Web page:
If you fall asleep at midnight and get up at 5:00am for work, you’d be lopping off at least two hours of precious sleep. In fact, you will lose 60–90% of all your REM sleep, even though you are only losing about one-quarter of your total sleep time.

“I saw in a dream a table where all the elements fell into place as required.” -Mendeleev on summating the periodic table of elements in his sleep.

REM (rapid eye movement) is the fifth and final stage of sleep. It’s when memory integration, innovative insights, and problem-solving are made possible. Additionally, it’s critical for consolidating facts from the day prior, leaving room for a new wave of information. It secures the mind map of the day if you will.

REM sleep is one of the reasons why humans are far more advanced than animals. It is described as a ‘super emotional brain gift’, leading to cognitive creativity, emotional intelligence, and thus, social complexity.


Let this be heard loud and clear: waking up early is counterproductive for night owls. Not only are you physically vulnerable due to sleep deprivation, but you’ll be missing out on the creativity and innovation that is necessary to spark success.

“When it comes to sleep, there is no such thing as burning the candle at both ends — or even at one end — and getting away with it.” -Matthew Walker


How to Determine if You’re a Night Owl.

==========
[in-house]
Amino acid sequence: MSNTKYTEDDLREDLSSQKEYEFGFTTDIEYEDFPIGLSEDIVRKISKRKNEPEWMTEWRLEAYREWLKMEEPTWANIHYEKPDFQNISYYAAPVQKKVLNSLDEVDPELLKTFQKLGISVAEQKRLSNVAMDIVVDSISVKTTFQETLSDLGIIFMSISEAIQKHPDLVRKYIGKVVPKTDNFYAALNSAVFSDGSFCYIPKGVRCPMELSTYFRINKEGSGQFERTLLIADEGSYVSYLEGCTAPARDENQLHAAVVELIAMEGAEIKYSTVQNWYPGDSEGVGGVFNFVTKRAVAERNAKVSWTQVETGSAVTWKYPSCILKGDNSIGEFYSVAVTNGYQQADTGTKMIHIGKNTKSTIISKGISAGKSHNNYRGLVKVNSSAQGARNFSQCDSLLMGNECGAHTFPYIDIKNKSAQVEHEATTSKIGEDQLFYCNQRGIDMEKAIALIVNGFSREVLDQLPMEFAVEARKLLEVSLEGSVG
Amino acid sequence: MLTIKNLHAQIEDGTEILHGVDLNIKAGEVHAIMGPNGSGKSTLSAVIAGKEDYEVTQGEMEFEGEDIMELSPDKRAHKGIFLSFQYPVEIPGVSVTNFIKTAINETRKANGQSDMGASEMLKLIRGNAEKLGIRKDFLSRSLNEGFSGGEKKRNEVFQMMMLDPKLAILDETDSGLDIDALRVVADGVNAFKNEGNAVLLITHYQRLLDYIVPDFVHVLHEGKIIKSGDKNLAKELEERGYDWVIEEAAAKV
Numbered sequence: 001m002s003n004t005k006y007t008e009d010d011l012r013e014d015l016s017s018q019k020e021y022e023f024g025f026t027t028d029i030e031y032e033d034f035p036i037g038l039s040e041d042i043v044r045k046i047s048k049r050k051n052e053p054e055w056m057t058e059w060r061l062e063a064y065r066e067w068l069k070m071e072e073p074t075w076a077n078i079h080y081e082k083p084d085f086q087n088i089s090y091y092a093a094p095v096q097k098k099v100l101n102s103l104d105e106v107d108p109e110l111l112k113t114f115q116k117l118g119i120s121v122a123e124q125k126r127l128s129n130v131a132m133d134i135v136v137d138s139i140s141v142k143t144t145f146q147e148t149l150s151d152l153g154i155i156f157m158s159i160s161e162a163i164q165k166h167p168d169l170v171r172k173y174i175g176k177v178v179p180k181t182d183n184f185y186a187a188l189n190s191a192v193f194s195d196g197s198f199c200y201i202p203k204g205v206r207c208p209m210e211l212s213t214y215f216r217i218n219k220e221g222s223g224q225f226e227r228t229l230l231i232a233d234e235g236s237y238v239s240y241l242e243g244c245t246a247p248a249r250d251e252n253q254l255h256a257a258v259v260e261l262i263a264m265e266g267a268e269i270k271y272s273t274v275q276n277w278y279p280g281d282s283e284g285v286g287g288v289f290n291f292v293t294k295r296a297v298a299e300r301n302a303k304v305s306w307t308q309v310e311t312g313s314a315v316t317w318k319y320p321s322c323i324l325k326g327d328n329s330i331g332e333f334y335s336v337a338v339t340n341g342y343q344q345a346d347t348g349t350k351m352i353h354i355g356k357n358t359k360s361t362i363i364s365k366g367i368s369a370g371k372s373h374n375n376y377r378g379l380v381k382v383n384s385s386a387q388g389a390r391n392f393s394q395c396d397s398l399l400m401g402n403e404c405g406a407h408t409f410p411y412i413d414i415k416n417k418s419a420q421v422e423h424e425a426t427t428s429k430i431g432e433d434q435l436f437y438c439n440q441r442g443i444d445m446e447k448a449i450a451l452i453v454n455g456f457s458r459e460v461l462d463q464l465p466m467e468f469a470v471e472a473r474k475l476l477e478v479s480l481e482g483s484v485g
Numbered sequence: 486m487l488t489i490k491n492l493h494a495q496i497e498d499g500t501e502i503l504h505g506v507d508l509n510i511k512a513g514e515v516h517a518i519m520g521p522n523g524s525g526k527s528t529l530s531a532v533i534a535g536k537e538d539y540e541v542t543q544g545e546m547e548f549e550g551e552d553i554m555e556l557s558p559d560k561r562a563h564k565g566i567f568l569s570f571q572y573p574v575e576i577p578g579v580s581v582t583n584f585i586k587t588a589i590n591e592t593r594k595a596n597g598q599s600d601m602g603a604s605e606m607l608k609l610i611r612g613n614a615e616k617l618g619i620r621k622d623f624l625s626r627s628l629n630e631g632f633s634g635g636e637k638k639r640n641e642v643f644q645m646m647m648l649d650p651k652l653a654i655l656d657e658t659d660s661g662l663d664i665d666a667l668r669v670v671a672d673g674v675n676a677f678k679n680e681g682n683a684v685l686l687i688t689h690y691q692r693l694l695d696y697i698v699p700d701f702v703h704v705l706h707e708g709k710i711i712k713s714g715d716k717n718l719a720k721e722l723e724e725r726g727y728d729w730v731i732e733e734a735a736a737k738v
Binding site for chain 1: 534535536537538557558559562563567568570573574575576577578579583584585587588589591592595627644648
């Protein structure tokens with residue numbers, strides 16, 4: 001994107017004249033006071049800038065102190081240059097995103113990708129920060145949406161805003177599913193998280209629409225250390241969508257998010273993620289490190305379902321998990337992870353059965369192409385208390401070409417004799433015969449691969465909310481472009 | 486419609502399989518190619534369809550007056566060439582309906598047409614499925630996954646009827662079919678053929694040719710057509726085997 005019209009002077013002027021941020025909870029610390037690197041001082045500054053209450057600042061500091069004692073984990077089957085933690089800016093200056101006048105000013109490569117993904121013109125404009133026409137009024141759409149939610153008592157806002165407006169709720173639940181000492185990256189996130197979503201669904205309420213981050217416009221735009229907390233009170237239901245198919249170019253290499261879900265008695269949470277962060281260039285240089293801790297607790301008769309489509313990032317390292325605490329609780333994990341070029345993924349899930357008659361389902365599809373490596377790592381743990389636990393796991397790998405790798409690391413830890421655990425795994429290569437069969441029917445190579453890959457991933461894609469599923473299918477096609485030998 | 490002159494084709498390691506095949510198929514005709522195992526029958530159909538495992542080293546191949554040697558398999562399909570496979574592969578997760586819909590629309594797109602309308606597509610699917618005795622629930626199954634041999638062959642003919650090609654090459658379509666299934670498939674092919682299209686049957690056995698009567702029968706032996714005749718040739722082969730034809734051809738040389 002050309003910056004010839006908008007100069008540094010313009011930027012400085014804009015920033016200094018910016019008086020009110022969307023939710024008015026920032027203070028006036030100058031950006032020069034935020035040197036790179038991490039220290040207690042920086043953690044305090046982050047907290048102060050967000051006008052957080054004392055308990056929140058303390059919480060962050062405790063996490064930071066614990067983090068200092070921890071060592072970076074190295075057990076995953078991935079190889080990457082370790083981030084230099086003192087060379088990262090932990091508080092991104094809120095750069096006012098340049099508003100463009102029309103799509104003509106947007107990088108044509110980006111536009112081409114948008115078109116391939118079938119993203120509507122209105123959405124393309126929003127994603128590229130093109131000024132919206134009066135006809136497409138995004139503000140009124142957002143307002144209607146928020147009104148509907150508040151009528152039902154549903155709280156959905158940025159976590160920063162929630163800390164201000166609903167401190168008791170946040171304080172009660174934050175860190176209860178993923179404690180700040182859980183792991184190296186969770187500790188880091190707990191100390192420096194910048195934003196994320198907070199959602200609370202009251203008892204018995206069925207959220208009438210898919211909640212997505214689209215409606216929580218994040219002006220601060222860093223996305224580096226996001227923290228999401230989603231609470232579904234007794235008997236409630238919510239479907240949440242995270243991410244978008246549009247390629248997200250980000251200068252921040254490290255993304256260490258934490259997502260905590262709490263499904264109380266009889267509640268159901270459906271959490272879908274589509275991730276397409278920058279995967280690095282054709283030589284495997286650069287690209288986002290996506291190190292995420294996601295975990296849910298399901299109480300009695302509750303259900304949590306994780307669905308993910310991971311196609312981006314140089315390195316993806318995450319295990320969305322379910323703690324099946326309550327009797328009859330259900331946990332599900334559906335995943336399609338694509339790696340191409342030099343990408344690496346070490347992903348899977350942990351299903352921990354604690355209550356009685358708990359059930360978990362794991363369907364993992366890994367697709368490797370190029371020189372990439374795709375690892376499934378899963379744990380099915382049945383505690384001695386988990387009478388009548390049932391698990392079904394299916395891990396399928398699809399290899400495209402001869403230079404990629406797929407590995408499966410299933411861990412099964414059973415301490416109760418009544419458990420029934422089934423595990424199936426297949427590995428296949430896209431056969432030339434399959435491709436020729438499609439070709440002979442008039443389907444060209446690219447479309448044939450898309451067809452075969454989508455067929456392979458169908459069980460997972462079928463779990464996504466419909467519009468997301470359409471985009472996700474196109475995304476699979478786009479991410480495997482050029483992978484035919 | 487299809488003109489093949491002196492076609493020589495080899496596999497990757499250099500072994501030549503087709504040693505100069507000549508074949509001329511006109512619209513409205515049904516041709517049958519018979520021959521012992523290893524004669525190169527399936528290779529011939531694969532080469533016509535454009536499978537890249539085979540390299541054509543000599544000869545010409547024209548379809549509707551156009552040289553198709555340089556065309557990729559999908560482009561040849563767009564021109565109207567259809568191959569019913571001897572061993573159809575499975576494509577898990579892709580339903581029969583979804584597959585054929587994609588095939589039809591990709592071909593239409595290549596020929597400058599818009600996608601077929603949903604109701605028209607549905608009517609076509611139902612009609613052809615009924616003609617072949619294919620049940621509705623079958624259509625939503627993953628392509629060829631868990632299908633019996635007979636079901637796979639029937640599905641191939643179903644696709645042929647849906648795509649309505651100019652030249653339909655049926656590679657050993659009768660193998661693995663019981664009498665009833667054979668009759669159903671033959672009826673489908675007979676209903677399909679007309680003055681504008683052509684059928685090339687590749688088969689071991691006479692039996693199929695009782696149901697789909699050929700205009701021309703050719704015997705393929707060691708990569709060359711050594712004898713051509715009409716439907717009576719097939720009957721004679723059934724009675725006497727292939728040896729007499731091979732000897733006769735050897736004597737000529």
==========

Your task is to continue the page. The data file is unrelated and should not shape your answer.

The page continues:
From a clinical standpoint, the TimeSignature Test is a reliable approach for predicting one’s physiological clock. It involves two blood tests, suitably but flexibly spaced in time, that accurately determines where one’s circadian rhythm sits.

It may be even simpler than that, however. Take a moment and reflect on the list below, carefully curated by Sleep, etc.

  1. You’ll happily start watching a film after 9 pm.

  2. You do your best work at night.

  3. You’re happy to have your dinner after 8 pm.

  4. You’d much rather have a night in the pub than a morning yoga class.

  5. You often snooze your alarm.

  6. You drink coffee at any time.

  7. You must set multiple alarms.

  8. It annoys you when shops close — even if it’s at 10 pm.

If these statements ring a bell, it may be all the evidence you need to join the night owl club.



Stop Glorifying the Early Morning Rise.


It’s time to end the association of sleeping in with laziness. Over 30% of people are desperately in need of more shut-eye, but the constraints of work culture starve them of this necessity.

The reality is, we’re all on a journey to increased productivity, fulfillment, and ultimately, happiness. Everyone’s path looks different, but that does not mean that an eight-hour sleep should be a luxury reserved for the genetically fortunate.

For all you evening people out there, sleep in for goodness sakes. It’s not only essential for your present-day productivity, but it may be a deciding factor in your future health. If you have young children or work constraints, consider compensating with an afternoon nap or slightly earlier bedtime.

For the rest of us, it’s time to make room for the night owls of the world. Creating supple work schedules is key for adapting to all chronotypes, and not just one in its extreme. If the early morning grind is your cup of tea, then keep at it! Just know that there’s a community out there that was never built to see the sunrise — and that’s ok.

-DavidLiira.Kin